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Read All The Things! Reviews

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Love Letters to the Dead

Love Letters to the Dead - Ava Dellaira

I got frustrated with this book. I know that a lot of people love it, but I had a hard time getting through it.


In English class, Laurel is assigned to write a letter to a dead celebrity. She uses the assignment as a way to cope with the death of her sister, her parents’ divorce, the drama of high school, and her own past.


I think my issues with this book come from the fact that I read a ton of contemporary YA. I read more of that genre than any other. I feel like I’ve read this book before. Many, many, many times. For me, the ending was so predictable that I had a hard time sitting through all of the angst to get to the big reveal. It’s a slow book, and there is a lot of angst. I know that there are real-life teenagers who are going through similar problems to what Laurel experiences in the book, so this is an important story, but I don’t think it’s a very interesting story. It’s just been done too many times.


I also think that Laurel’s character is inconsistent. She’s very childish for a 13-15 year-old, but sometimes she suddenly gets philosophical and sounds like a 40 year-old poetry professor. Laurel’s love interest, Sky, also bothers me. I’ve seen this character too many times in YA fiction. He’s a sexy, mysterious, loner with a troubled past who shows up to save Laurel whenever she needs saving. I wanted to like him, but he doesn’t have much depth.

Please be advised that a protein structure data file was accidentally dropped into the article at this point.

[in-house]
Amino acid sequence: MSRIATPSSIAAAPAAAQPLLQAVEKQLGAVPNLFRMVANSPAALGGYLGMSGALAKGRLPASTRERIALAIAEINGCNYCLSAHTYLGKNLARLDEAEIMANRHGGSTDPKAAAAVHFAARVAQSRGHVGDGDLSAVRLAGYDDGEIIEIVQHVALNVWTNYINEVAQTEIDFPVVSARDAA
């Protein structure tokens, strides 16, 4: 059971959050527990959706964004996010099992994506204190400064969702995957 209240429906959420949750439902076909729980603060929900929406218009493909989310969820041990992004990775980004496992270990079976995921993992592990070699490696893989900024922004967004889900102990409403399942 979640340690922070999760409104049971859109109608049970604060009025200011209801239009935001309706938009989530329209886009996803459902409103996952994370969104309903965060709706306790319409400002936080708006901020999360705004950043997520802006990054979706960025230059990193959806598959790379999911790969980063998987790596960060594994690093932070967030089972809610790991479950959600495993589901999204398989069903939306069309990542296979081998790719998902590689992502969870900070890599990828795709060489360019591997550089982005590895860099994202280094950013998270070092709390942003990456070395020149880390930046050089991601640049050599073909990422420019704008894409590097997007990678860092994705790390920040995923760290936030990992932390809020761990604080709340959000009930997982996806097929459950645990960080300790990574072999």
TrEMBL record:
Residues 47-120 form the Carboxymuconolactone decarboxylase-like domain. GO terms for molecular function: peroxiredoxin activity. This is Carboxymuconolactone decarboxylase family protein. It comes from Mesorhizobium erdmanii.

I’m probably making this book sound terrible. It’s not. I like the secondary characters. Hannah and Natalie are my favorites, and I found their relationship believable. I also think that some elements of Laurel and Sky’s relationship are very realistic. They both have communication issues, and Laurel sometimes expects Sky to be a mind-reader, which causes tension in their relationship. I like that Laurel learns how to communicate over the course of the story. She learns not to be afraid of her own voice, and that’s a very good message for the reader to take away from the book.


This novel reminds me a lot of The Perks of Being a Wallflower, but I think that Perks is more successful at doing everything that this book is trying to do. This one just didn’t work for me.